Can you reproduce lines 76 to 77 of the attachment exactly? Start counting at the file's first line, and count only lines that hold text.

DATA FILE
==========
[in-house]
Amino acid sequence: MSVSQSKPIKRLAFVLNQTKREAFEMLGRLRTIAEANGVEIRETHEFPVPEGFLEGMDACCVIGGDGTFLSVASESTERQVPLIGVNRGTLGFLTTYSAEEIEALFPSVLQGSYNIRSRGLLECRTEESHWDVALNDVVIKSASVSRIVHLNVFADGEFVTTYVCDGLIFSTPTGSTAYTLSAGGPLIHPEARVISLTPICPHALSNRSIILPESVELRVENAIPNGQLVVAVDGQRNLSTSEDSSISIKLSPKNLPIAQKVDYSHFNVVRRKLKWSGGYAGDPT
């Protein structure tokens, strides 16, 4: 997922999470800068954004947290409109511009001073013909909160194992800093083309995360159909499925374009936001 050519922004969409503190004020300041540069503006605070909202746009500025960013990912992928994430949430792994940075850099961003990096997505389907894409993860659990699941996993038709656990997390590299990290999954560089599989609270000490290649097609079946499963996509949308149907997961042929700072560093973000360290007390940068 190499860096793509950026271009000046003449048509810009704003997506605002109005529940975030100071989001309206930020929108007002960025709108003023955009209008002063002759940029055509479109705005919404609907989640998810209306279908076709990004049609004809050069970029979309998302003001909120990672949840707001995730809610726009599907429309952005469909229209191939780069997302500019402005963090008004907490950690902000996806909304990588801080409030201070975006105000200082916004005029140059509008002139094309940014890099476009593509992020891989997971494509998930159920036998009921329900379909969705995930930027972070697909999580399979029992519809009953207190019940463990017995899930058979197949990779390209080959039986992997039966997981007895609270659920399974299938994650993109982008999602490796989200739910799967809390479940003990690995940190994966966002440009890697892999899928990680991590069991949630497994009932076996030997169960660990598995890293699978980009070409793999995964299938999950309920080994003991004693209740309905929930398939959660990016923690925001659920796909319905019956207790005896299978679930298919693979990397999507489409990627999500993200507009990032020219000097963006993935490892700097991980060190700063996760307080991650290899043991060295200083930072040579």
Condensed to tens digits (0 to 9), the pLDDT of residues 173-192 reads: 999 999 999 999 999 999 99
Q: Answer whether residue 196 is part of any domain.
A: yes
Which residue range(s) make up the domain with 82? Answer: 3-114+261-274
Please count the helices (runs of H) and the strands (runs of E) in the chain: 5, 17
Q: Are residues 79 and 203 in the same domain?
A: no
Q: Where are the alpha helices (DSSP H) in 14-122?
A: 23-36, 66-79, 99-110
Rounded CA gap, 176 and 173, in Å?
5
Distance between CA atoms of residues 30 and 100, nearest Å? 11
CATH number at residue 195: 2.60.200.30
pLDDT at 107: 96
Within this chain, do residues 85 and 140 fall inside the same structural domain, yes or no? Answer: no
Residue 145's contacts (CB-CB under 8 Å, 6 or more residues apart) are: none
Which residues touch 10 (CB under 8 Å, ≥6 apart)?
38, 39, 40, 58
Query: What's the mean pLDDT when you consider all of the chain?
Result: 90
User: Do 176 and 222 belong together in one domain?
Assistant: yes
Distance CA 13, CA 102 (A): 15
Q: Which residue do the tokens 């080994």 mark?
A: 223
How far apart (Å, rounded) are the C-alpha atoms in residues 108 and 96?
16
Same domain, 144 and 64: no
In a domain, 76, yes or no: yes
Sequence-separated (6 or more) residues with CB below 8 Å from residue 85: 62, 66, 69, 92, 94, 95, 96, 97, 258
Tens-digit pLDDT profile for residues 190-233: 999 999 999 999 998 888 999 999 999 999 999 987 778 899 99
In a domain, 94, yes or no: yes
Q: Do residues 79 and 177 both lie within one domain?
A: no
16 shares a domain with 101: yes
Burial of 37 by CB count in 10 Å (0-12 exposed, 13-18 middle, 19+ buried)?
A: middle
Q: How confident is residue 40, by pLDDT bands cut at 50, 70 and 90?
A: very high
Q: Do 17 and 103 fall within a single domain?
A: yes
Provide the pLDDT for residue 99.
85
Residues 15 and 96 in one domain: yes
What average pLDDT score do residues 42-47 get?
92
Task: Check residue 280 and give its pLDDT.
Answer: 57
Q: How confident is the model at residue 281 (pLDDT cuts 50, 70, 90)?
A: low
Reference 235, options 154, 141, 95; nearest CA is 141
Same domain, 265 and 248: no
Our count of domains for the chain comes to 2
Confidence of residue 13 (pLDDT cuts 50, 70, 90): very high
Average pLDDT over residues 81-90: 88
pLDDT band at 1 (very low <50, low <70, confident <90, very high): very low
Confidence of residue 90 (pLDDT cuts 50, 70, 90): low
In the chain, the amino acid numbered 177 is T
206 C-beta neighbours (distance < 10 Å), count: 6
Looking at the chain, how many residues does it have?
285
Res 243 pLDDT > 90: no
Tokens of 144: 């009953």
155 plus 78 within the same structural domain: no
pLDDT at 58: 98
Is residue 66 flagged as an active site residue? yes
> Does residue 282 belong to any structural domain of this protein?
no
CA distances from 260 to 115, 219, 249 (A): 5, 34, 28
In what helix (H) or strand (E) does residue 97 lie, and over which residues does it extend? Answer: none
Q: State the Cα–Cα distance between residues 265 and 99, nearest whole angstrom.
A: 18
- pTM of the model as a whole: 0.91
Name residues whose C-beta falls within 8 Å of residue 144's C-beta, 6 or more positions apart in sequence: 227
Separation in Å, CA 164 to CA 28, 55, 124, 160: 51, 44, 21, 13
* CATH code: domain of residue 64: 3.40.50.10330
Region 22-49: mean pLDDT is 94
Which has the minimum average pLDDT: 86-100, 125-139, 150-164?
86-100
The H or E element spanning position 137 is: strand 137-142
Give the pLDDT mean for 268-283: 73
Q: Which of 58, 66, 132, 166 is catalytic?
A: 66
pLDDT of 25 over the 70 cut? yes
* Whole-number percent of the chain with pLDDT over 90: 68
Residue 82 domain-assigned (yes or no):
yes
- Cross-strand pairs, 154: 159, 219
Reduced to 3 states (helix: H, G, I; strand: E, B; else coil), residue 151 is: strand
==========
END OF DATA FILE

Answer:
- pTM of the model as a whole: 0.91
Name residues whose C-beta falls within 8 Å of residue 144's C-beta, 6 or more positions apart in sequence: 227